Basic Facts To Know About Blockchain
Nowadays, the media, and others, regularly talk about blockchains and Bitcoin. It can be confusing. We thought it might be helpful to take a step back and cover some basic facts.
First Things First
Blockchain is an append-only digital ledger that records transactions in a secure, decentralized, immutable, and transparent manner. It is a distributed database maintained by a network of computers rather than a single central authority. The database is used to store information about transactions between different parties. This information is stored in blocks linked together to form a chain. This chain of blocks is what makes up the blockchain.
The idea of how to update and maintain a blockchain through proof of work was first introduced in October 2008 as the underlying technology behind the digital currency, Bitcoin. However, since then, the technology has evolved and it can now be used for applications beyond just digital currencies. Some of these applications include smart contracts, digital identity management, supply chain management, and more.
It’s Decentralized - but what does that mean?
One of the key features of blockchain technology is its decentralization. This means that there is no central authority that controls the database. Instead, the database is maintained by a network of computers known as nodes. Each node in the network has a copy of the entire database. This makes the technology incredibly secure, as there is no central point of failure.
Another key feature of blockchain technology is its transparency. All transactions on the blockchain are typically public, meaning anyone can view the information stored in the database. This makes it possible to track the movement of assets and information, which can be useful in a variety of applications. For example, in supply chain management, a blockchain database can be used to track the movement of goods from the manufacturer to the consumer.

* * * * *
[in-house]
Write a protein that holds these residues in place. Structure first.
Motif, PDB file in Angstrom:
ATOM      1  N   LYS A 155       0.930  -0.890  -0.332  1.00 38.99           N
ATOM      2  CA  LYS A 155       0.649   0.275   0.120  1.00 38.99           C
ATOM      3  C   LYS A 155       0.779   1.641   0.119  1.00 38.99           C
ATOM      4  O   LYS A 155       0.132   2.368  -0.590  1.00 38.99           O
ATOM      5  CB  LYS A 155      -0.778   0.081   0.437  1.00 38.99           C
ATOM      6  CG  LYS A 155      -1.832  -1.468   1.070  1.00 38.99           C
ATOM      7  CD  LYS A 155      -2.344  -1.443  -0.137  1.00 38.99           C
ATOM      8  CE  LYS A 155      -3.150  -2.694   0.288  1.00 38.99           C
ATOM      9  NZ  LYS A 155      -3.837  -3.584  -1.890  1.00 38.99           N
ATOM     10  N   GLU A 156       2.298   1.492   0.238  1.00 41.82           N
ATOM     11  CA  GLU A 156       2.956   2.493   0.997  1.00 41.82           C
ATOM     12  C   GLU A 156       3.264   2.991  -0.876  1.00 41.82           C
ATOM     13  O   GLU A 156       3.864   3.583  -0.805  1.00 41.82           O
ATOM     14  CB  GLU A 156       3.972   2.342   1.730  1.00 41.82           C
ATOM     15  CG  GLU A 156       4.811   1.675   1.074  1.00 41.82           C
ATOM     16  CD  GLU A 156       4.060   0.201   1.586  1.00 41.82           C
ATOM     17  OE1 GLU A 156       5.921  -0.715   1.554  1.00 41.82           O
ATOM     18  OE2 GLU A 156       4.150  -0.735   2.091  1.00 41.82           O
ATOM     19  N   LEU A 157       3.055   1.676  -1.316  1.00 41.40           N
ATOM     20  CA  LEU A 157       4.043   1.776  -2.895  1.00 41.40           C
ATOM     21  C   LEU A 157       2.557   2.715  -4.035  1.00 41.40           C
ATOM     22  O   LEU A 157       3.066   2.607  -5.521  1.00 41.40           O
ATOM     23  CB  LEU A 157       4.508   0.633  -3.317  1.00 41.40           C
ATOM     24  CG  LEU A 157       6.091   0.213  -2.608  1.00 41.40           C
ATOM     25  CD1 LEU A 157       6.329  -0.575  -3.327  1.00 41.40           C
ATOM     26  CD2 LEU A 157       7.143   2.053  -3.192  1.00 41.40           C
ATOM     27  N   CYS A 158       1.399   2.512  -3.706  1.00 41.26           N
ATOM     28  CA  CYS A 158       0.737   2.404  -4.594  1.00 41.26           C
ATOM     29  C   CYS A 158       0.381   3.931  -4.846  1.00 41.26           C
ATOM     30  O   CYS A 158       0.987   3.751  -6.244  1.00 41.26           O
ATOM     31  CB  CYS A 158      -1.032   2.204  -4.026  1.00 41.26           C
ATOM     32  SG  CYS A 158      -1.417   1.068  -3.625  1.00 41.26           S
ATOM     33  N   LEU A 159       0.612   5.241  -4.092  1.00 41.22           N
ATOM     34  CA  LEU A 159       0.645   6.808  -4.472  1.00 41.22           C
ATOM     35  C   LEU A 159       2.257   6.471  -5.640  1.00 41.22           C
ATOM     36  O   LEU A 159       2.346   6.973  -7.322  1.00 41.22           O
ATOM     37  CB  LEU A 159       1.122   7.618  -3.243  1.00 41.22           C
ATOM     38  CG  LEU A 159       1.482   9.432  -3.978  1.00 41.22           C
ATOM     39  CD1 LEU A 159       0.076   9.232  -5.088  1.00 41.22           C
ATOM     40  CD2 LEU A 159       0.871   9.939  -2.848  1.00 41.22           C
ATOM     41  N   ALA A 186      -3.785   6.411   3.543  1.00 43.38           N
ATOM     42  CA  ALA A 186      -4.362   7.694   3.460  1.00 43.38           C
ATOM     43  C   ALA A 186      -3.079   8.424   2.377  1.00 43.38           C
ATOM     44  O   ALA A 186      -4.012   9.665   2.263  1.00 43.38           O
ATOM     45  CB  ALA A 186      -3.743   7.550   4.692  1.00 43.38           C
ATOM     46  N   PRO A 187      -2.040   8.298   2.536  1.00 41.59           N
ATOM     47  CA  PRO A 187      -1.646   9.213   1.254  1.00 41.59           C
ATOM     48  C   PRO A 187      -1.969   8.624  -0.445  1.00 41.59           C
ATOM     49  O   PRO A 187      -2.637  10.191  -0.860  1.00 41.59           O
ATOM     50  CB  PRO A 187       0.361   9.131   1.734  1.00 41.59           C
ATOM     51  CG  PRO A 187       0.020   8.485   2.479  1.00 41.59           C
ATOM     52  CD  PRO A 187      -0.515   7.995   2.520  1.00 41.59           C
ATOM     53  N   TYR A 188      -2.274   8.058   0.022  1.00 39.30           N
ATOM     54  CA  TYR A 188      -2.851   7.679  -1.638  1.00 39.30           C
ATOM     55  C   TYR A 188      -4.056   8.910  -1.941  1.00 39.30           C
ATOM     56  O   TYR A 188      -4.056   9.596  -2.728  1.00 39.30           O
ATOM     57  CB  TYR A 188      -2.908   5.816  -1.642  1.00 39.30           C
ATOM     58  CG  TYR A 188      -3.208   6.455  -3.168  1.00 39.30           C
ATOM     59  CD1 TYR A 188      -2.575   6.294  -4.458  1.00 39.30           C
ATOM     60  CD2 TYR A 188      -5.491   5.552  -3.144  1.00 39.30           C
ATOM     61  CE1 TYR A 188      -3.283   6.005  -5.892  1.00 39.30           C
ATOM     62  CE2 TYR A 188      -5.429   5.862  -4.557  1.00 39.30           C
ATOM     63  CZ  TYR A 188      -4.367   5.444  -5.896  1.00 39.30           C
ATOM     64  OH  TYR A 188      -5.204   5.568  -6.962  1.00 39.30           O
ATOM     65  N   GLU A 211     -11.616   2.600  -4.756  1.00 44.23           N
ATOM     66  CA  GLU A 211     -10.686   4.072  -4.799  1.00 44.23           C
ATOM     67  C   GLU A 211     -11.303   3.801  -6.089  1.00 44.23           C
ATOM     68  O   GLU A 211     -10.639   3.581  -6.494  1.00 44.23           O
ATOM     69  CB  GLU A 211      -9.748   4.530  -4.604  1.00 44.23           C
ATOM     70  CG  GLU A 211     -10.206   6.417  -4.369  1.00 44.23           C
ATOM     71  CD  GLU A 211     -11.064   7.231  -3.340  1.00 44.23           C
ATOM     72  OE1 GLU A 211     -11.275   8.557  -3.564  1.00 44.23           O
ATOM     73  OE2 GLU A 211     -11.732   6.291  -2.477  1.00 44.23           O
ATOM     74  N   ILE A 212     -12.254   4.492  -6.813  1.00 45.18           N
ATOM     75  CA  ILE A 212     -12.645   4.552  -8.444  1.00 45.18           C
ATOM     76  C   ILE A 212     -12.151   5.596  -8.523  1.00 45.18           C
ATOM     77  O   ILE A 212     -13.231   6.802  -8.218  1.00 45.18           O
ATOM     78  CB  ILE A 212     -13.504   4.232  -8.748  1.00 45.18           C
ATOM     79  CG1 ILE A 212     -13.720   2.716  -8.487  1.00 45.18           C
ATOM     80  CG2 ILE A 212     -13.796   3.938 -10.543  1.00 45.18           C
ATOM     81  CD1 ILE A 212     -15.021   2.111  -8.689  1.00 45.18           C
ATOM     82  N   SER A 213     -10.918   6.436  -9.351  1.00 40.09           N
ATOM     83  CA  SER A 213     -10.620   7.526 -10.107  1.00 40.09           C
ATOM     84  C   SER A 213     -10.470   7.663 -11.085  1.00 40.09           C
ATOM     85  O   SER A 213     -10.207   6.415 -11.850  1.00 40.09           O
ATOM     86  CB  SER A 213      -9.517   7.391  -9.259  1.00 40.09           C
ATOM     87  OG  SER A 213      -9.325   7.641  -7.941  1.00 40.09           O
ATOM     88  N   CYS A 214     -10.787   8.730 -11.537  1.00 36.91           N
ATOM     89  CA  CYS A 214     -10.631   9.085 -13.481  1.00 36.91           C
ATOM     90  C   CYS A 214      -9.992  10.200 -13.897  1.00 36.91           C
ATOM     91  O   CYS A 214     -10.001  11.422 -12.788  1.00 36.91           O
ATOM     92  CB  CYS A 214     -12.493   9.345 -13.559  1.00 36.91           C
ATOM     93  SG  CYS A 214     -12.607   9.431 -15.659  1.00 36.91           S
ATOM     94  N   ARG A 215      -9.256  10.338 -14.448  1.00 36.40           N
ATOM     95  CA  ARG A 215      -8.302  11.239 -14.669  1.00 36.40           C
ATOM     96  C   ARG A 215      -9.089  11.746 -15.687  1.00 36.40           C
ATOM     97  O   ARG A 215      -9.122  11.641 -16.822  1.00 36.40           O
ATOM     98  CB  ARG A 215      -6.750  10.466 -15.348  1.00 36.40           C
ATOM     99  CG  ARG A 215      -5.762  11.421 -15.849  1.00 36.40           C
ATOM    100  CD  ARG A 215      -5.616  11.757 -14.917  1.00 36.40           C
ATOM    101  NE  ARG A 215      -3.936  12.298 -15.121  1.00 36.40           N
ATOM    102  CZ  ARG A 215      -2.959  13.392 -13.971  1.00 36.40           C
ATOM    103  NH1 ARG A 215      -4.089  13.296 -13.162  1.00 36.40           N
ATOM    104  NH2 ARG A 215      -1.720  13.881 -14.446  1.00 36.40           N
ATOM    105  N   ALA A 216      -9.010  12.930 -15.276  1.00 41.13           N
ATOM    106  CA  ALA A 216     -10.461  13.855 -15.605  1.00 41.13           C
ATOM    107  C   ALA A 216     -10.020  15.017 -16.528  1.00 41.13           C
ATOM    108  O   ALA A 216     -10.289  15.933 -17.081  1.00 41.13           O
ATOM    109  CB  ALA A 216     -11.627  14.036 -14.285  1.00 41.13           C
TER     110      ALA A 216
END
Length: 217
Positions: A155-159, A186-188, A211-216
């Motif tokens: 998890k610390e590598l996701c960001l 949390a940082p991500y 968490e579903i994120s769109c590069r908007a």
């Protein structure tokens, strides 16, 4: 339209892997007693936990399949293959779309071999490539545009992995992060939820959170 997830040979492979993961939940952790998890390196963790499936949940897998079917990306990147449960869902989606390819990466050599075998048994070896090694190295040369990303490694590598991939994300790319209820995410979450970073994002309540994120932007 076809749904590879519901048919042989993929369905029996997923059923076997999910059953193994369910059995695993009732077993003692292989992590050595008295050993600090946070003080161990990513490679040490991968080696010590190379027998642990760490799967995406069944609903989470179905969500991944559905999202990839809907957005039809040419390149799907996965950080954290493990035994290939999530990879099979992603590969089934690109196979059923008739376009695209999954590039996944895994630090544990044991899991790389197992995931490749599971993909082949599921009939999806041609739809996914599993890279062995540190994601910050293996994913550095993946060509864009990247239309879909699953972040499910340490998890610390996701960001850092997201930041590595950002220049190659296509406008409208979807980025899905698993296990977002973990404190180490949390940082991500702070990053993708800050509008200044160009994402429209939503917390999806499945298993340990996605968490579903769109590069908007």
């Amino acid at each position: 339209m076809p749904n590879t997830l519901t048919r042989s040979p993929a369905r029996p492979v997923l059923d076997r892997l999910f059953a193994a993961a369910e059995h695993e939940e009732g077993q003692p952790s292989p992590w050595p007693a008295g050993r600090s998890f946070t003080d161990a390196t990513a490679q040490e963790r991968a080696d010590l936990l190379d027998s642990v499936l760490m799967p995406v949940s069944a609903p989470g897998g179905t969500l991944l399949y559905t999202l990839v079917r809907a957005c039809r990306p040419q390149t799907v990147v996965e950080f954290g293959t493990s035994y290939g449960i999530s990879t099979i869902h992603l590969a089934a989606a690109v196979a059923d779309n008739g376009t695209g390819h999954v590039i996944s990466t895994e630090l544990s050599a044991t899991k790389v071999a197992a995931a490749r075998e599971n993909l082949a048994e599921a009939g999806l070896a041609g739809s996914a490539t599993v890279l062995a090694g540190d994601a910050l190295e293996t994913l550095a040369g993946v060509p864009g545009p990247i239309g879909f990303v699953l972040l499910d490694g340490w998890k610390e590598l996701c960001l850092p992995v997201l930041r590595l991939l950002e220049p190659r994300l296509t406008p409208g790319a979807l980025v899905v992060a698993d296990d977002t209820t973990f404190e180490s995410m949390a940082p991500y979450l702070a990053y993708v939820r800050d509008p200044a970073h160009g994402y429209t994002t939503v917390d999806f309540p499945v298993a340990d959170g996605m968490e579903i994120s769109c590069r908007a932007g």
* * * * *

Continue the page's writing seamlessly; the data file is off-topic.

A Note on Cryptography
The security of blockchain technology is maintained through a combination of cryptography and economic incentives. Cryptography is a method of encoding information so that it can only be read by someone with the correct key. In the case of blockchain, this key is used to sign transactions, which are then added to the distributed ledger. Once a transaction has been added to the blockchain, it is extremely (and often impossibly) expensive to alter or delete it. This makes the technology immutable, meaning that the information stored in the database is permanent and cannot be changed.
Introducing Smart Contracts
One of the most important applications of blockchain technology is in the area of smart contracts. A smart contract is a self-executing contract with the terms of the agreement between buyer and seller being directly written into lines of code. These contracts are stored on the blockchain and can be executed when certain conditions are met. For example, a smart contract could be used to automatically transfer ownership of a piece of property from one person to another when a specific condition is met. This can reduce the need for intermediaries, such as lawyers and real estate agents, to make transactions faster, cheaper, and more efficient.
Managing Identity Digitally
Another important application of blockchain technology is in the area of digital identity management. A blockchain database can be used to store information about individual credentials. This information can be used to verify the identity of individuals when they are making transactions or accessing services. This can help to improve online transactions’ security and reduce the risk of identity theft.
Blockchain technology has the potential to revolutionize a wide range of industries. However, some challenges must be overcome for the technology to reach its full potential. For example, there are concerns about the energy consumption of the technology, as well as the scalability of the network.
Blockchain technology is a powerful tool that has the potential to change the way we do business, make payments and interact with each other. By offering a secure, decentralized, and transparent way of storing information, it has the potential to make transactions faster, cheaper, and more efficient.